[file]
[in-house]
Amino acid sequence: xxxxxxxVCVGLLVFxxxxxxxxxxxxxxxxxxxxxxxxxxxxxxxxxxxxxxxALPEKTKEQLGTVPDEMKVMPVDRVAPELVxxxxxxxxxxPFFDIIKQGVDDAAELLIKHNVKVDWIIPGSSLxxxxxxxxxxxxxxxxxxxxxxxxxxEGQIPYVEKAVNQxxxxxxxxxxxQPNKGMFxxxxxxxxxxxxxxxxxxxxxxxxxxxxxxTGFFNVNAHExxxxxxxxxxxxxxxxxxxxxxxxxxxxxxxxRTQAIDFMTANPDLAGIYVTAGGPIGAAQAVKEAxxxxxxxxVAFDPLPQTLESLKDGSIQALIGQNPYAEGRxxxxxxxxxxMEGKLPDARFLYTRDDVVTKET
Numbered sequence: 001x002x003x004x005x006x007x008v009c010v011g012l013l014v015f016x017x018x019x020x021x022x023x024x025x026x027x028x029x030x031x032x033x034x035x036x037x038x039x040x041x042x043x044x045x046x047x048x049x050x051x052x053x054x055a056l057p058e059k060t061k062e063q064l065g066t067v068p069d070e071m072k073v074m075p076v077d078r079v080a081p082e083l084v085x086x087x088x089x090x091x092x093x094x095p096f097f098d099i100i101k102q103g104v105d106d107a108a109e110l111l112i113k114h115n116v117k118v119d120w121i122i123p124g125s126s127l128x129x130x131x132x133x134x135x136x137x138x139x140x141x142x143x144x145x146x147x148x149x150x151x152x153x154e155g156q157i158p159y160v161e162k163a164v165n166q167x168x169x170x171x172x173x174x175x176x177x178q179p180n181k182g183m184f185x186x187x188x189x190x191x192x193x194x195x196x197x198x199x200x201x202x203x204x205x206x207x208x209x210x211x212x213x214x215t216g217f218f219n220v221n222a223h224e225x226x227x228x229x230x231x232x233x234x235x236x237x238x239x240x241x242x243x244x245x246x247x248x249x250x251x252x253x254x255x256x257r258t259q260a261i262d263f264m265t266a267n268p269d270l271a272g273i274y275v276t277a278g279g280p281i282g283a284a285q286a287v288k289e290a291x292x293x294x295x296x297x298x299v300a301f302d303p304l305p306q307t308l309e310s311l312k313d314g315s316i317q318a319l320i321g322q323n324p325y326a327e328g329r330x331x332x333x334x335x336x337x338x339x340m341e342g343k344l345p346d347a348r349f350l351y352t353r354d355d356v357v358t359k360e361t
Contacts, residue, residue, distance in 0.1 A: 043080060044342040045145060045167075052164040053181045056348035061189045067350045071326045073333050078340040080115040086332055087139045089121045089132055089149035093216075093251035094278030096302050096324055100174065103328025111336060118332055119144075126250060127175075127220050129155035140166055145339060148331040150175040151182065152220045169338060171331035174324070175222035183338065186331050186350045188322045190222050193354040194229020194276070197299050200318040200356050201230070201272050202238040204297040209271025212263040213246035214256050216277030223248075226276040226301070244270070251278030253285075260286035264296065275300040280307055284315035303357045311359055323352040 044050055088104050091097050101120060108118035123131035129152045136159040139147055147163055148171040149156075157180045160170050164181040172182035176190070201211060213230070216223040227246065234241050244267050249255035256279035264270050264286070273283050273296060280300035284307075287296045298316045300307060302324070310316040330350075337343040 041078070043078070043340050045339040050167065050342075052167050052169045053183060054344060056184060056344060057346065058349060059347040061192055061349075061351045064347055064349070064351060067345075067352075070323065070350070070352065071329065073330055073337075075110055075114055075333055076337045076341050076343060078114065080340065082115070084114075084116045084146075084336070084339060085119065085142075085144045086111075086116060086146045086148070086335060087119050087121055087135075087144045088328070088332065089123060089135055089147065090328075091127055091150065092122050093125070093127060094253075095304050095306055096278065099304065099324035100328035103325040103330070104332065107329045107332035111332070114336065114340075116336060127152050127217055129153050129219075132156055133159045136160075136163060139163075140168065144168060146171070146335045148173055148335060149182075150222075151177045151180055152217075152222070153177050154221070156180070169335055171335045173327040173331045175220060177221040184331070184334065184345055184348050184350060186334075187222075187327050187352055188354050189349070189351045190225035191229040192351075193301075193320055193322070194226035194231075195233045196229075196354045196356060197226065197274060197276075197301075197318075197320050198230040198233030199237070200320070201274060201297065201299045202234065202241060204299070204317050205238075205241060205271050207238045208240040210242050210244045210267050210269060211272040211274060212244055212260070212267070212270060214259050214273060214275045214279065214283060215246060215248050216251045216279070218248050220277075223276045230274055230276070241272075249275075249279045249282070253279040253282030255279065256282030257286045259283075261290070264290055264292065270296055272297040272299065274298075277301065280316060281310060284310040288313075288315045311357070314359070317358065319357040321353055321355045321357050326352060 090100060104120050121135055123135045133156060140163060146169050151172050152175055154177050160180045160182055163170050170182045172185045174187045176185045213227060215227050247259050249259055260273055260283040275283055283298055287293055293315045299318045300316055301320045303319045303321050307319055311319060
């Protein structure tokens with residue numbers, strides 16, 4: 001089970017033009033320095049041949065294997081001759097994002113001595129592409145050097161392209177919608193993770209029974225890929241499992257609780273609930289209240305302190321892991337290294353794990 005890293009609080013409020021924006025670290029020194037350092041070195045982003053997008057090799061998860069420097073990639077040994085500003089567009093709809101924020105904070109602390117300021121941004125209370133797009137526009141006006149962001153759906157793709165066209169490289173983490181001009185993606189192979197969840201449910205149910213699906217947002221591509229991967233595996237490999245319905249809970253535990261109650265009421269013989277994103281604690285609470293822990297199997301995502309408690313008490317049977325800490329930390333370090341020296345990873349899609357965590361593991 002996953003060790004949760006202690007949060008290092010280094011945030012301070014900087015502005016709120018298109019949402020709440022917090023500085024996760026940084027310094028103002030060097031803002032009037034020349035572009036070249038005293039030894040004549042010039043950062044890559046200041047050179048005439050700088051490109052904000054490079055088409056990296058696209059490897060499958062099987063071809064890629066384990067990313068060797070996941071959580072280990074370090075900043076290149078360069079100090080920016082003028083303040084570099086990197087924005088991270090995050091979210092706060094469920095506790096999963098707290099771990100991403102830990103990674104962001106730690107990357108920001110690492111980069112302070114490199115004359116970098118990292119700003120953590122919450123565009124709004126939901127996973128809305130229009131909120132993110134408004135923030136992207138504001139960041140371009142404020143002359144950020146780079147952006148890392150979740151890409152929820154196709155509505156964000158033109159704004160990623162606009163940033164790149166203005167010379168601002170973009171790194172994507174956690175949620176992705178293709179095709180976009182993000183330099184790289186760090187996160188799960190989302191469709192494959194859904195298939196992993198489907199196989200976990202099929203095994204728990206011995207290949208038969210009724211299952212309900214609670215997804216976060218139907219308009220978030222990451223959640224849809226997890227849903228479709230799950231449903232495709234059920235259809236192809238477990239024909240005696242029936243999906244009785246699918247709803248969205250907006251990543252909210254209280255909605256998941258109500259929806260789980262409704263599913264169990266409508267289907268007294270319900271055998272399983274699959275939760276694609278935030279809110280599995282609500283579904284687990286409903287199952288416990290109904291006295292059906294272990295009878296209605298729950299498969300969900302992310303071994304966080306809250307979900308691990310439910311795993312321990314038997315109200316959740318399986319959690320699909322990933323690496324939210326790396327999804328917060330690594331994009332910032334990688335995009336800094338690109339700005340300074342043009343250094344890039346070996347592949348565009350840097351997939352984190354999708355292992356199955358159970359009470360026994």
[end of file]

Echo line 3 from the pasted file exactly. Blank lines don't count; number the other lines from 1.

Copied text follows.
Numbered sequence: 001x002x003x004x005x006x007x008v009c010v011g012l013l014v015f016x017x018x019x020x021x022x023x024x025x026x027x028x029x030x031x032x033x034x035x036x037x038x039x040x041x042x043x044x045x046x047x048x049x050x051x052x053x054x055a056l057p058e059k060t061k062e063q064l065g066t067v068p069d070e071m072k073v074m075p076v077d078r079v080a081p082e083l084v085x086x087x088x089x090x091x092x093x094x095p096f097f098d099i100i101k102q103g104v105d106d107a108a109e110l111l112i113k114h115n116v117k118v119d120w121i122i123p124g125s126s127l128x129x130x131x132x133x134x135x136x137x138x139x140x141x142x143x144x145x146x147x148x149x150x151x152x153x154e155g156q157i158p159y160v161e162k163a164v165n166q167x168x169x170x171x172x173x174x175x176x177x178q179p180n181k182g183m184f185x186x187x188x189x190x191x192x193x194x195x196x197x198x199x200x201x202x203x204x205x206x207x208x209x210x211x212x213x214x215t216g217f218f219n220v221n222a223h224e225x226x227x228x229x230x231x232x233x234x235x236x237x238x239x240x241x242x243x244x245x246x247x248x249x250x251x252x253x254x255x256x257r258t259q260a261i262d263f264m265t266a267n268p269d270l271a272g273i274y275v276t277a278g279g280p281i282g283a284a285q286a287v288k289e290a291x292x293x294x295x296x297x298x299v300a301f302d303p304l305p306q307t308l309e310s311l312k313d314g315s316i317q318a319l320i321g322q323n324p325y326a327e328g329r330x331x332x333x334x335x336x337x338x339x340m341e342g343k344l345p346d347a348r349f350l351y352t353r354d355d356v357v358t359k360e361t